But figuring out which bear you’re dealing with can be difficult. Coat color isn’t a reliable distinction, because some grizzlies can have near-black fur, and many western black bears wear brownish fur akin to that of lighter-colored grizzlies. There are distinctive differences between the two species, but no one feature is defining. You have to put together all the clues (see the list below) to reach a reasonable conclusion.

Experts advise looking at the head first — the relative size of ears, the facial profile, the shape. Remember, too, that the safest strategy is to avoid bears, period. Like all wild animals, black bears and grizzly bears are unpredictable. They also are big, fast, strong and armed — tooth and claw. When it comes to bears, consider them all members of a single species: Respectimus maximus.

Grizzly Bear 

Black Bear 

Round face

Oval face

Short ears

Proportionately longer ears

Concave facial profile

Straight facial profile

Shoulder hump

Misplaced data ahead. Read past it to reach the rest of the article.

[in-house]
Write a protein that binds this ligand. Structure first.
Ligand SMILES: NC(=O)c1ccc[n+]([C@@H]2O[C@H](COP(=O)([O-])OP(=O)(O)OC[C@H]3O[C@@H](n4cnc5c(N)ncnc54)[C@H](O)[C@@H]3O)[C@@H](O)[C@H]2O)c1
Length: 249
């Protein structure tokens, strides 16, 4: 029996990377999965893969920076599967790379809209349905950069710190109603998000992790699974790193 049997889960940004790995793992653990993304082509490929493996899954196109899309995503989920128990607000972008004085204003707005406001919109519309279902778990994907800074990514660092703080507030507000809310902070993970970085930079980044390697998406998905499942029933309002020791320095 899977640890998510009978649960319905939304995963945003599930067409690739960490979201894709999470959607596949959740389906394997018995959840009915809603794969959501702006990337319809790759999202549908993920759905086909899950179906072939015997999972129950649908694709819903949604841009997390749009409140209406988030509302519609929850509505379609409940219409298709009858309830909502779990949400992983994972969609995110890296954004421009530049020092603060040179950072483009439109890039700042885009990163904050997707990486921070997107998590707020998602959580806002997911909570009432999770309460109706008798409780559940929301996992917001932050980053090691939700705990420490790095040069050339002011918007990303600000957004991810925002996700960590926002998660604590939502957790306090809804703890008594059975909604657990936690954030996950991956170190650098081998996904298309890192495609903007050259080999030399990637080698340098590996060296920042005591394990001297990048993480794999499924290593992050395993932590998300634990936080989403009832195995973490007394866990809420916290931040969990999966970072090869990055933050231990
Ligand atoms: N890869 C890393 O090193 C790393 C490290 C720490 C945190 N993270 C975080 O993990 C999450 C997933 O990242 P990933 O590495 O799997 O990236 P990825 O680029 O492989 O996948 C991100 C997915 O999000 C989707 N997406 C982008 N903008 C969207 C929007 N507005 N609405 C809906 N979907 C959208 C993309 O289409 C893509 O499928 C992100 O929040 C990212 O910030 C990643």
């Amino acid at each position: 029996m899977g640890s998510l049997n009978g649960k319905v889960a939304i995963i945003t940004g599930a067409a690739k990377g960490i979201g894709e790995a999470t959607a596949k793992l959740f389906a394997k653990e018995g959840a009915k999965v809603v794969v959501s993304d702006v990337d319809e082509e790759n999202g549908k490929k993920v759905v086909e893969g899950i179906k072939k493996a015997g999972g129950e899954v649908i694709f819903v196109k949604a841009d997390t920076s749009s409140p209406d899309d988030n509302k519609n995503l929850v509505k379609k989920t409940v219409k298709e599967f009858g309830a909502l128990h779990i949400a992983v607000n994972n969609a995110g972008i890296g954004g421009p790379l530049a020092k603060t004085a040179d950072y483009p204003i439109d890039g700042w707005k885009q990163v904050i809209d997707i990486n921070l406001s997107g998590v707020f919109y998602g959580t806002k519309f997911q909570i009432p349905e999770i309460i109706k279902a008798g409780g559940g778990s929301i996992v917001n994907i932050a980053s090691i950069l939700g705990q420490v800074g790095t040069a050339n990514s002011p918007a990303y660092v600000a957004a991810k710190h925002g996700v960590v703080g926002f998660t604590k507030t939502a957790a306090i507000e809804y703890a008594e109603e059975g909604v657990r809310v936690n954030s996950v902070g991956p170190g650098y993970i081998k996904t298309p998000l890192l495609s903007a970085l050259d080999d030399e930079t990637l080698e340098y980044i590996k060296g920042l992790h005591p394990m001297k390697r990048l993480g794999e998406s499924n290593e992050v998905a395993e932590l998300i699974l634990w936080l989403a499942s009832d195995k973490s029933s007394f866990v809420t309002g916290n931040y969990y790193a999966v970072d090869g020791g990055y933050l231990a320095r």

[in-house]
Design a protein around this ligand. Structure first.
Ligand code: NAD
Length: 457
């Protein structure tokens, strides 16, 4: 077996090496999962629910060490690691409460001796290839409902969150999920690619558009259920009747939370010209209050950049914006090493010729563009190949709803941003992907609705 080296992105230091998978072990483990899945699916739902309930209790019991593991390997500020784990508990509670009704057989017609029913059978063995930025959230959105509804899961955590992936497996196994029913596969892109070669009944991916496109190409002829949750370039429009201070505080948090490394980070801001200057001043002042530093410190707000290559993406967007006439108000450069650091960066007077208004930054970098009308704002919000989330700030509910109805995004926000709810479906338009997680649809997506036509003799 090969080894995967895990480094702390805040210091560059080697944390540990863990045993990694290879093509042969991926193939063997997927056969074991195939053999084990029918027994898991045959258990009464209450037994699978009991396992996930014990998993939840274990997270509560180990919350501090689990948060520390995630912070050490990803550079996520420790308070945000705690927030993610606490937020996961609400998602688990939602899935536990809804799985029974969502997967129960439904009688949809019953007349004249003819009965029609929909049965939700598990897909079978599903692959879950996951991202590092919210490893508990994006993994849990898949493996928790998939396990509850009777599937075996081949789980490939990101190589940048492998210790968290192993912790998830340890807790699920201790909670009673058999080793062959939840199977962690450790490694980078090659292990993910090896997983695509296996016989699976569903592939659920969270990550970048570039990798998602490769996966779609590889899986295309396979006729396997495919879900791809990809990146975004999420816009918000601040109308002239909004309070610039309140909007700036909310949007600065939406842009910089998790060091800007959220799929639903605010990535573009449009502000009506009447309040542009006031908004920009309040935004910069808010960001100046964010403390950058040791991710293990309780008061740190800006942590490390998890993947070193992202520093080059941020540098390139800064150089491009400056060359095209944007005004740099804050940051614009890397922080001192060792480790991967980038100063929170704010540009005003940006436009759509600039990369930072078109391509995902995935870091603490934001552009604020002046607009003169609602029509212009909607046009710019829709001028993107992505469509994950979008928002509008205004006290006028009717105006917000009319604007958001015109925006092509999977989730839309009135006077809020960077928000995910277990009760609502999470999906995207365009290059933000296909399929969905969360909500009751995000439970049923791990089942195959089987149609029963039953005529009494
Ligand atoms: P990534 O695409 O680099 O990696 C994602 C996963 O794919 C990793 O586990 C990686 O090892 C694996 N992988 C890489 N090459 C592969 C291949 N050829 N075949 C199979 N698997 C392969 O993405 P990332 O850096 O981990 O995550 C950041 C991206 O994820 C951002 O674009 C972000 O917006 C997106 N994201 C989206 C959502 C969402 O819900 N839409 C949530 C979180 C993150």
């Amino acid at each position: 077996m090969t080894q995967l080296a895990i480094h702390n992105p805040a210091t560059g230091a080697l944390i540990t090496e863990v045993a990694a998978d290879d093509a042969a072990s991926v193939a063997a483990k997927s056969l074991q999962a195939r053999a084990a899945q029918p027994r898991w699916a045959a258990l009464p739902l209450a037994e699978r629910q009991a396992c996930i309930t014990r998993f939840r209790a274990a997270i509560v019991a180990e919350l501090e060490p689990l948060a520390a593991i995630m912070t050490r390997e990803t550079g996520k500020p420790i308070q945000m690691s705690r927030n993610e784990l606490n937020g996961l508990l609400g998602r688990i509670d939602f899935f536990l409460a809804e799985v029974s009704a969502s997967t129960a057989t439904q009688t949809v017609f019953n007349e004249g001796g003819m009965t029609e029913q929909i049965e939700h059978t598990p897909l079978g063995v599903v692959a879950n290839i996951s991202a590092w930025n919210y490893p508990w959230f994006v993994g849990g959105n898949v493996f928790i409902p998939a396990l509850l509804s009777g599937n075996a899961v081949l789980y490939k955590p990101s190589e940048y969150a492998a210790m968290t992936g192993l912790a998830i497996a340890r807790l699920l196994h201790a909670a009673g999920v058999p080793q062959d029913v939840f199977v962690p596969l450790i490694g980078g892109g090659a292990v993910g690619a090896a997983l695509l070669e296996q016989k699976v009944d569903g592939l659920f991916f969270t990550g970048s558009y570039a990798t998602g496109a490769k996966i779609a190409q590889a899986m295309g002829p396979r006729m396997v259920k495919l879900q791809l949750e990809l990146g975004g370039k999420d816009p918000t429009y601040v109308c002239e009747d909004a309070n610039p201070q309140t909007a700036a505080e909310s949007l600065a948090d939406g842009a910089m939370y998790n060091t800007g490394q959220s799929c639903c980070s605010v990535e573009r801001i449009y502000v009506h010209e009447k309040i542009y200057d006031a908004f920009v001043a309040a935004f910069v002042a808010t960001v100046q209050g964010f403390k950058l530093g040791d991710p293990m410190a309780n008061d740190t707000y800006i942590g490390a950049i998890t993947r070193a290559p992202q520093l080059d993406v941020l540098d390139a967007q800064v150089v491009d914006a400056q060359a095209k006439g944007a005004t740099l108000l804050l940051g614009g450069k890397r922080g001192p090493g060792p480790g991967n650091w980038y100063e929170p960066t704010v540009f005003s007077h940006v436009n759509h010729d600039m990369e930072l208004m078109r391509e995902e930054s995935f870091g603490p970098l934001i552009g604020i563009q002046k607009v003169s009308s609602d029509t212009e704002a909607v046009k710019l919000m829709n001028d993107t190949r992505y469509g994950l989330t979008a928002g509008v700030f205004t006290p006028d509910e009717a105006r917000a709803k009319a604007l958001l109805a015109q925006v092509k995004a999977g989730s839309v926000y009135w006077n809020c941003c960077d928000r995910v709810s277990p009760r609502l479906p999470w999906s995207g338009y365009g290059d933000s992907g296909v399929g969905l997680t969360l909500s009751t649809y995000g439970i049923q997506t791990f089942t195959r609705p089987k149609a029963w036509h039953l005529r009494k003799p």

Shoulder hump absent or less pronounced

Body slopes downward; rump lower than shoulder

Body tilts upward; rump higher than shoulders

Long claws

Short claws

Neck ruff present in spring and fall

No neck ruff

Familiarity is the Key

Knowing what to look for — and what not to worry about — is the key to distinguishing safe from potentially harmful species. Studying field guides is a great way to familiarize yourself with the safe-or-sorry plants and insects in your area. Nature centers and zoos offer you an opportunity to get to know animals such as snakes and bears safely. But ultimately, of course, the best teacher of all is experience in the outdoors. The more time you spend outside and the more familiar you become with the flora and fauna around you, the more you can enjoy the natural world.